The code recognizes only two instances where the two year penalty for a doping offense can be reduced: if athletes can prove that they took a substance inadvertently, or if they showed there was "no significant fault", according to WADA officials. That outlook appears to be narrower than FIFA's.
"As a first step, I'm very confident," Pound said of the "road map" set out with FIFA on Monday. He expected it would take another two years for the system of penalties to come into full swing.
Pound hit out at UCI chief Hein Verbruggen this week in an interview in Le Monde.
"They know Tour de France cyclists and others have been taking prohibited substances," Pond told Le Monde. "It's the same thing in the United States with American football."
But officials suggested Thursday that with more than 85 percent of Olympic governing bodies now accepting the code, no federation could afford to turn up in Athens without being fully in compliance with WADA policy.
"This will be the first major event, a major stage where the anti-doping code will be in place," Howman said.
Pointing to the pioneering roles both sports have played in the history of anti-doping - they were the first to introduce drug tests in 1966 - Pound was confident both would sign up in time.
WADA is also waiting for governments to sign up to an international convention against doping by 2006, a key step to make doping tests and other measures legally enforceable in some countries. It also complained that funding for the agency from governments and Olympic movement was still short of target.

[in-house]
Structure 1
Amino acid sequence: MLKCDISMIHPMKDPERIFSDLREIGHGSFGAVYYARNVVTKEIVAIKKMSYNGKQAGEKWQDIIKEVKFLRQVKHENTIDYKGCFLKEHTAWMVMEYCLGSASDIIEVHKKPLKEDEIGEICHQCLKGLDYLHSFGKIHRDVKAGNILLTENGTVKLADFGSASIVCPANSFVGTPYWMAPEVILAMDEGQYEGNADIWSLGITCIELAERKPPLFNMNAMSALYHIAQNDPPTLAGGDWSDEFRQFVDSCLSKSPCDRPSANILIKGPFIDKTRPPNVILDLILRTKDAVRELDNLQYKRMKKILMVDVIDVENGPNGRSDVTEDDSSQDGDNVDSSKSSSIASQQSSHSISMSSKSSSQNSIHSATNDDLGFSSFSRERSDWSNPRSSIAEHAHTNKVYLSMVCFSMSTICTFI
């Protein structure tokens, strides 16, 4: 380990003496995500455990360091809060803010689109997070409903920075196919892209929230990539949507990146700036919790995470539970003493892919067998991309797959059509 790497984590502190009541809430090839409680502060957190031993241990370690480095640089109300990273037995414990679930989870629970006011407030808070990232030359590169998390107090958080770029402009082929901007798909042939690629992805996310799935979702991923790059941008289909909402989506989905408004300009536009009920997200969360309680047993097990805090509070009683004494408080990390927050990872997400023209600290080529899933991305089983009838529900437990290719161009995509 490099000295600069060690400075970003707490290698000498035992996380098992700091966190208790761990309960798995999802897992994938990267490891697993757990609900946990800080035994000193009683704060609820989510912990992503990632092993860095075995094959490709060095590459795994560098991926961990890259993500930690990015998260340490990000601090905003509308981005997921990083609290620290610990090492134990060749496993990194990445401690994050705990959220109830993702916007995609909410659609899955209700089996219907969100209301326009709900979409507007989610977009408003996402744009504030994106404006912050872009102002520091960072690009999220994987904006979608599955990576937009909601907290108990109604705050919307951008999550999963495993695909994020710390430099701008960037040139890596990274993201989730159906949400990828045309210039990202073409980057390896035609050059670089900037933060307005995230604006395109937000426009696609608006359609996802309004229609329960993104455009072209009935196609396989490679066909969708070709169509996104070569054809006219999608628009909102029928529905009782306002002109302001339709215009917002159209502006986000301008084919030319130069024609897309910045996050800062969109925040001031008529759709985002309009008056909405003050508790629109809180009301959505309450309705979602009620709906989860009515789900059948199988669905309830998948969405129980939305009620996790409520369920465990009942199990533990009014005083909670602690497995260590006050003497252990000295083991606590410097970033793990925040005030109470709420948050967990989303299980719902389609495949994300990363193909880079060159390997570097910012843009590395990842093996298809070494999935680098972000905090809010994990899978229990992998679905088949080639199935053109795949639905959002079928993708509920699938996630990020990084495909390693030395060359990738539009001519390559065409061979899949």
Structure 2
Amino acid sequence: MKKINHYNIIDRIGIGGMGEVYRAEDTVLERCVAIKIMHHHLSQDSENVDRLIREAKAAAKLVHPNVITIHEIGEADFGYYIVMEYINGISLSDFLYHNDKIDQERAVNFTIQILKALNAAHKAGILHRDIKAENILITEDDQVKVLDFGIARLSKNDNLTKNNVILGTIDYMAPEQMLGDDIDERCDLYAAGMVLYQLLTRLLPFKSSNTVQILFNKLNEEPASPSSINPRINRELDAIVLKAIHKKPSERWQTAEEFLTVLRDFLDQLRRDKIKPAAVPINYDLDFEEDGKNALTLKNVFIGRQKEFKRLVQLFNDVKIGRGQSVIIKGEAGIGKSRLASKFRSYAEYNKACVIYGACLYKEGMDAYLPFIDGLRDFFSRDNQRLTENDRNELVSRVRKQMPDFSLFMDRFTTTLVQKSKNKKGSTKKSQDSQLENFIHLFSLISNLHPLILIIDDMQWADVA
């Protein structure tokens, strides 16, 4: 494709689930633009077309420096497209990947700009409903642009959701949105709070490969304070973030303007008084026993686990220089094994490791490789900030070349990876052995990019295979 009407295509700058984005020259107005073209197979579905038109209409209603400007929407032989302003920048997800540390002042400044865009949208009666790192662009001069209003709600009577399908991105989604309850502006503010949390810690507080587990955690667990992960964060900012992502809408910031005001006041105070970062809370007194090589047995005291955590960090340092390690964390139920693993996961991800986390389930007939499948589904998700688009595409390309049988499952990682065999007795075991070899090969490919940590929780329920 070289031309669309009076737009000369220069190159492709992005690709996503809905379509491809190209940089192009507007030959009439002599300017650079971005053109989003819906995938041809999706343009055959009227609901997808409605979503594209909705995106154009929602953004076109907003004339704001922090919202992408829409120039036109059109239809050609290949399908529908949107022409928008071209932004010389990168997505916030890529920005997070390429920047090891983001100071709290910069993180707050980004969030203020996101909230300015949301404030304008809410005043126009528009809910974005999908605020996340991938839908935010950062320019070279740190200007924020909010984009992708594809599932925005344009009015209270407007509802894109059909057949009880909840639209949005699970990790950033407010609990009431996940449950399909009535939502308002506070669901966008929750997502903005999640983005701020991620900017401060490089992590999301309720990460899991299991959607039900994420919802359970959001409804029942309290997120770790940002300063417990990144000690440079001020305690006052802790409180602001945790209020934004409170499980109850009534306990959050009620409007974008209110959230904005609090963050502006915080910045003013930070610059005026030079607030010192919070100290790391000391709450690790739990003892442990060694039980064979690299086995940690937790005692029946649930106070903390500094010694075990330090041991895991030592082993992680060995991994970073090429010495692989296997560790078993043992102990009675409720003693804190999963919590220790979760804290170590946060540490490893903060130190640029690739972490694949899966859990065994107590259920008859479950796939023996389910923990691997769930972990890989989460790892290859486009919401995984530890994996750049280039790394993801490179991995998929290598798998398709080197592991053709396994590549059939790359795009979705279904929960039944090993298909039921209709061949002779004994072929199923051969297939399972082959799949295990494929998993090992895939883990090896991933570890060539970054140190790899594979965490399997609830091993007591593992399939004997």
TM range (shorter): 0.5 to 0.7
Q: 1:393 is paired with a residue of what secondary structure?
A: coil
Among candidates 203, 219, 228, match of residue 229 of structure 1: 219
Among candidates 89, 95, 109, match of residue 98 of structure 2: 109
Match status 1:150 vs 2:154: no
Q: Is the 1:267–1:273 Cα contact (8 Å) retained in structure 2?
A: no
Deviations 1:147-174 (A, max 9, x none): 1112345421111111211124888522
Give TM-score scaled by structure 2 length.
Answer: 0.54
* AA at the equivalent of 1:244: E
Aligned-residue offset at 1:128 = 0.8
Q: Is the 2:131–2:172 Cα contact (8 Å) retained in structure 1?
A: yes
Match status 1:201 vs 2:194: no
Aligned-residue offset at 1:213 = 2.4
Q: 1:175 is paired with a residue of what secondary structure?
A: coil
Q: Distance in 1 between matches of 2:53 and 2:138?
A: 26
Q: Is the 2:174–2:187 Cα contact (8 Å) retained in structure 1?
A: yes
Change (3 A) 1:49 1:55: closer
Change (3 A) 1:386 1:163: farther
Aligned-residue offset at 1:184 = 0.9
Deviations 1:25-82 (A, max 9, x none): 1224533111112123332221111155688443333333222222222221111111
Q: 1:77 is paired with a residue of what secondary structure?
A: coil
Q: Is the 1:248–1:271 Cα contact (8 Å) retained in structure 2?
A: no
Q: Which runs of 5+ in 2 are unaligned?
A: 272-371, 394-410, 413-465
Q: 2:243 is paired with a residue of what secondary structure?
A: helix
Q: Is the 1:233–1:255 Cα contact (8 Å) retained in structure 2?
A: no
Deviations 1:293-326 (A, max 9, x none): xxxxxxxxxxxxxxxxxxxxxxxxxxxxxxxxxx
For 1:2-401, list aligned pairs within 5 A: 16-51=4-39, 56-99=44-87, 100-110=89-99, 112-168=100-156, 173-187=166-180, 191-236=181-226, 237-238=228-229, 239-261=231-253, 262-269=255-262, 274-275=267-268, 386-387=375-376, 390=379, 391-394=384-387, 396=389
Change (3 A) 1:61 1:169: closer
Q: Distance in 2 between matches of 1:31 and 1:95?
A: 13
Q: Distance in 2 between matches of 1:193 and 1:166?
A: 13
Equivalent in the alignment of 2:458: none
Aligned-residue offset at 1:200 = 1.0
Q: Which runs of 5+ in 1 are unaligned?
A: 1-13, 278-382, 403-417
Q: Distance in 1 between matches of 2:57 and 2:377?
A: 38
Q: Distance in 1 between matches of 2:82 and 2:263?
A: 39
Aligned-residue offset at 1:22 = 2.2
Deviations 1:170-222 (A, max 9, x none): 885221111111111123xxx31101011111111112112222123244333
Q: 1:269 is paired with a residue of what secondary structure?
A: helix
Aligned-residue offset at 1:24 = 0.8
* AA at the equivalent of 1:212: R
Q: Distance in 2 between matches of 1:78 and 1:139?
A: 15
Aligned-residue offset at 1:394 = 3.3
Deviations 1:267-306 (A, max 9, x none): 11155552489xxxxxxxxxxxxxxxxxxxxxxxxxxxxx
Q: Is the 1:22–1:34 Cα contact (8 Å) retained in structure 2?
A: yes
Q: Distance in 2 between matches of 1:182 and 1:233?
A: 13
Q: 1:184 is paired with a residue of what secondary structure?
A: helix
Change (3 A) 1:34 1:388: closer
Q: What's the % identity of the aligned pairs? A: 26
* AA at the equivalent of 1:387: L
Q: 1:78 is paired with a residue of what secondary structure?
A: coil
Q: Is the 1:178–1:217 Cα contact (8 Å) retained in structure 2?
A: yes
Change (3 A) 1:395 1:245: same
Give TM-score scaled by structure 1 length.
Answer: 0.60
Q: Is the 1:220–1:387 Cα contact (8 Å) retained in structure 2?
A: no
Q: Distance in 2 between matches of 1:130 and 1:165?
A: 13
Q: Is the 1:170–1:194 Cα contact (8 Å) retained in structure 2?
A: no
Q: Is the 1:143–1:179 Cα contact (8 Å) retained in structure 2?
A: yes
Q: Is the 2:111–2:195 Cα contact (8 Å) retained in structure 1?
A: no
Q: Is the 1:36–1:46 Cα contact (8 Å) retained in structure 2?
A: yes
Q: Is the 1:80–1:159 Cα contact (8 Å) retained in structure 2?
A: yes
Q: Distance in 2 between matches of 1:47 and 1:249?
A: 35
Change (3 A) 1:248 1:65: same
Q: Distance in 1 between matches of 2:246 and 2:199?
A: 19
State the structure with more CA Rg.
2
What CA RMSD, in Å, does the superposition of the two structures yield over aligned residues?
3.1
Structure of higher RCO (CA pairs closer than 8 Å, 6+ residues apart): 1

WADA was created in 1999 at the end of an international conference on doping called after the infamous Festina scandal tore apart the 1998 Tour de France. Even at that initial conference, cycling and soccer were the most vocal opponents of the WADA approach to testing and penalties.
French paper Le Monde has printed extracts of a letter written by Armand Mégret, the doctor of the French Cycling Federation (FFC), and sent to FFC president Jean Pitallier and Professional Cycling League president (LCP) Thierry Cazeneuve in which Mégret warns of an apparent increase in EPO use among professional and amateur riders in France.
The letter was sent on September 16th last year and warns of concern within the French cycling establishment about an increase in doping practices even before the recent ‘Cofidis affair’ when two riders and a soigneur on that team were held and questioned by police as part of a investigation into doping.